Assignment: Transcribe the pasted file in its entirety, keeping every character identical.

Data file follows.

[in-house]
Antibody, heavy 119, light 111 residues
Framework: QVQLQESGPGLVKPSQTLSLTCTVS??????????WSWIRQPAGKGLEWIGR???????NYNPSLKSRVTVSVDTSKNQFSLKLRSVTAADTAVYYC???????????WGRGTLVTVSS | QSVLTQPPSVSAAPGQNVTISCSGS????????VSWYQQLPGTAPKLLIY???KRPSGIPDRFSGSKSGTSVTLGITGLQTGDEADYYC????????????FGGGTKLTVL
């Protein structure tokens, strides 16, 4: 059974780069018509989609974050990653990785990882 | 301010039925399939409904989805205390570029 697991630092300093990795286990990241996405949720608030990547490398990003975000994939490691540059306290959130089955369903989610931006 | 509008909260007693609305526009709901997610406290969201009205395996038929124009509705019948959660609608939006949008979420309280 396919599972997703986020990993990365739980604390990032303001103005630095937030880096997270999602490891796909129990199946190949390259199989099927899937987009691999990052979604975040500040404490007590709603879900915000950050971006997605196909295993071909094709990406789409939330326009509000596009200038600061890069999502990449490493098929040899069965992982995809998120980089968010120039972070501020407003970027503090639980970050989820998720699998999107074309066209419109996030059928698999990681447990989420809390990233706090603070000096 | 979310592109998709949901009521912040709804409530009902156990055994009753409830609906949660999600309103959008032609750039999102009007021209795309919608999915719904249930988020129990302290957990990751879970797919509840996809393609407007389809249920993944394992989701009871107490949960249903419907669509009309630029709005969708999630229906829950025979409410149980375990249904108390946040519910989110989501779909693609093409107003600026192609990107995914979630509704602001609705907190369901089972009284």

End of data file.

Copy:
[in-house]
Antibody, heavy 119, light 111 residues
Framework: QVQLQESGPGLVKPSQTLSLTCTVS??????????WSWIRQPAGKGLEWIGR???????NYNPSLKSRVTVSVDTSKNQFSLKLRSVTAADTAVYYC???????????WGRGTLVTVSS | QSVLTQPPSVSAAPGQNVTISCSGS????????VSWYQQLPGTAPKLLIY???KRPSGIPDRFSGSKSGTSVTLGITGLQTGDEADYYC????????????FGGGTKLTVL
């Protein structure tokens, strides 16, 4: 059974780069018509989609974050990653990785990882 | 301010039925399939409904989805205390570029 697991630092300093990795286990990241996405949720608030990547490398990003975000994939490691540059306290959130089955369903989610931006 | 509008909260007693609305526009709901997610406290969201009205395996038929124009509705019948959660609608939006949008979420309280 396919599972997703986020990993990365739980604390990032303001103005630095937030880096997270999602490891796909129990199946190949390259199989099927899937987009691999990052979604975040500040404490007590709603879900915000950050971006997605196909295993071909094709990406789409939330326009509000596009200038600061890069999502990449490493098929040899069965992982995809998120980089968010120039972070501020407003970027503090639980970050989820998720699998999107074309066209419109996030059928698999990681447990989420809390990233706090603070000096 | 979310592109998709949901009521912040709804409530009902156990055994009753409830609906949660999600309103959008032609750039999102009007021209795309919608999915719904249930988020129990302290957990990751879970797919509840996809393609407007389809249920993944394992989701009871107490949960249903419907669509009309630029709005969708999630229906829950025979409410149980375990249904108390946040519910989110989501779909693609093409107003600026192609990107995914979630509704602001609705907190369901089972009284």